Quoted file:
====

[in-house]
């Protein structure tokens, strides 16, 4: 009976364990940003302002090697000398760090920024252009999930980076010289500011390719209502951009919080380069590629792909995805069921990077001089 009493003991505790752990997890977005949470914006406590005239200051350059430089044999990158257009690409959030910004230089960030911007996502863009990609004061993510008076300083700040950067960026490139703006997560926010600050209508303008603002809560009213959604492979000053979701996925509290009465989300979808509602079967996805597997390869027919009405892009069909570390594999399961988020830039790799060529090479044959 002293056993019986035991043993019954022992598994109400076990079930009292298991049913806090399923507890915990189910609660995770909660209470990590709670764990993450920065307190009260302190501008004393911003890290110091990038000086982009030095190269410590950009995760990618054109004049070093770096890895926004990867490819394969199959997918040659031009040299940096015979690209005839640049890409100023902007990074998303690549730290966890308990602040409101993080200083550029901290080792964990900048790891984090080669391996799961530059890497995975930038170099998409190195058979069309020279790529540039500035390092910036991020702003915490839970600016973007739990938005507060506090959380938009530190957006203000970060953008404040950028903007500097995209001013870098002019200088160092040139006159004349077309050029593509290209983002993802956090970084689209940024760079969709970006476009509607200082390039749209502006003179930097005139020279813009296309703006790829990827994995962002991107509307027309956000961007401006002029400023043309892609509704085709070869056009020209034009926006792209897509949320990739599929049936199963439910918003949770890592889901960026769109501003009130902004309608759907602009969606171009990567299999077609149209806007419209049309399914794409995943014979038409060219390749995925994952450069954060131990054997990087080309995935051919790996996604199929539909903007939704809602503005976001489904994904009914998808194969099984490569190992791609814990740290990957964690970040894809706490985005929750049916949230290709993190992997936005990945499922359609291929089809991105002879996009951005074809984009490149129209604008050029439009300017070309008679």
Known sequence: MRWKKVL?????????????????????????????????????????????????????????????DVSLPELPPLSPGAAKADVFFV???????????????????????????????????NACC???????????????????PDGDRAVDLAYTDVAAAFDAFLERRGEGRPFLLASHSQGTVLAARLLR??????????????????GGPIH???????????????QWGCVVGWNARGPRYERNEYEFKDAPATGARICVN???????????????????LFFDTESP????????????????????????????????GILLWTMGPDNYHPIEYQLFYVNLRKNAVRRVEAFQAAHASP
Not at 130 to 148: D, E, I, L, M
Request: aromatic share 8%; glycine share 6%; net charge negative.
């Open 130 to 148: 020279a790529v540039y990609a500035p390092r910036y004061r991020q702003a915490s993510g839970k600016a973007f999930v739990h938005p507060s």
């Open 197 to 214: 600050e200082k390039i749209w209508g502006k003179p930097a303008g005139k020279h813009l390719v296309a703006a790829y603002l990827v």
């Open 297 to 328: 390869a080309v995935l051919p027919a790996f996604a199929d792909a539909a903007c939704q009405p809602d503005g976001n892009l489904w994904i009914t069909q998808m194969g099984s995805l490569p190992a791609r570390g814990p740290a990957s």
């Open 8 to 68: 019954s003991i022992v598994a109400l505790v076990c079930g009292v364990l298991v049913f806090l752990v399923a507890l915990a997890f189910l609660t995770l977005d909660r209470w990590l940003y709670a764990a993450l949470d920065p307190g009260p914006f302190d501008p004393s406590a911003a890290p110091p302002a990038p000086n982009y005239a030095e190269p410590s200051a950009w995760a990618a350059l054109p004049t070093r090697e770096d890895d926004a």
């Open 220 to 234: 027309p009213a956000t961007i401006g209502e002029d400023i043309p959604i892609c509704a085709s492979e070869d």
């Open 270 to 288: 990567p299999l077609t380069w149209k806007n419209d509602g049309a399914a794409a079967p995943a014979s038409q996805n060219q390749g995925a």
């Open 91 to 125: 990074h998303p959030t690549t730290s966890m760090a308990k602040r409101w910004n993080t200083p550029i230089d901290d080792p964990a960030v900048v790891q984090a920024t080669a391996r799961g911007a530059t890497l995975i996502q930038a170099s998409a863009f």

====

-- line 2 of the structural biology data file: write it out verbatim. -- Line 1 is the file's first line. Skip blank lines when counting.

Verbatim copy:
């Protein structure tokens, strides 16, 4: 009976364990940003302002090697000398760090920024252009999930980076010289500011390719209502951009919080380069590629792909995805069921990077001089 009493003991505790752990997890977005949470914006406590005239200051350059430089044999990158257009690409959030910004230089960030911007996502863009990609004061993510008076300083700040950067960026490139703006997560926010600050209508303008603002809560009213959604492979000053979701996925509290009465989300979808509602079967996805597997390869027919009405892009069909570390594999399961988020830039790799060529090479044959 002293056993019986035991043993019954022992598994109400076990079930009292298991049913806090399923507890915990189910609660995770909660209470990590709670764990993450920065307190009260302190501008004393911003890290110091990038000086982009030095190269410590950009995760990618054109004049070093770096890895926004990867490819394969199959997918040659031009040299940096015979690209005839640049890409100023902007990074998303690549730290966890308990602040409101993080200083550029901290080792964990900048790891984090080669391996799961530059890497995975930038170099998409190195058979069309020279790529540039500035390092910036991020702003915490839970600016973007739990938005507060506090959380938009530190957006203000970060953008404040950028903007500097995209001013870098002019200088160092040139006159004349077309050029593509290209983002993802956090970084689209940024760079969709970006476009509607200082390039749209502006003179930097005139020279813009296309703006790829990827994995962002991107509307027309956000961007401006002029400023043309892609509704085709070869056009020209034009926006792209897509949320990739599929049936199963439910918003949770890592889901960026769109501003009130902004309608759907602009969606171009990567299999077609149209806007419209049309399914794409995943014979038409060219390749995925994952450069954060131990054997990087080309995935051919790996996604199929539909903007939704809602503005976001489904994904009914998808194969099984490569190992791609814990740290990957964690970040894809706490985005929750049916949230290709993190992997936005990945499922359609291929089809991105002879996009951005074809984009490149129209604008050029439009300017070309008679």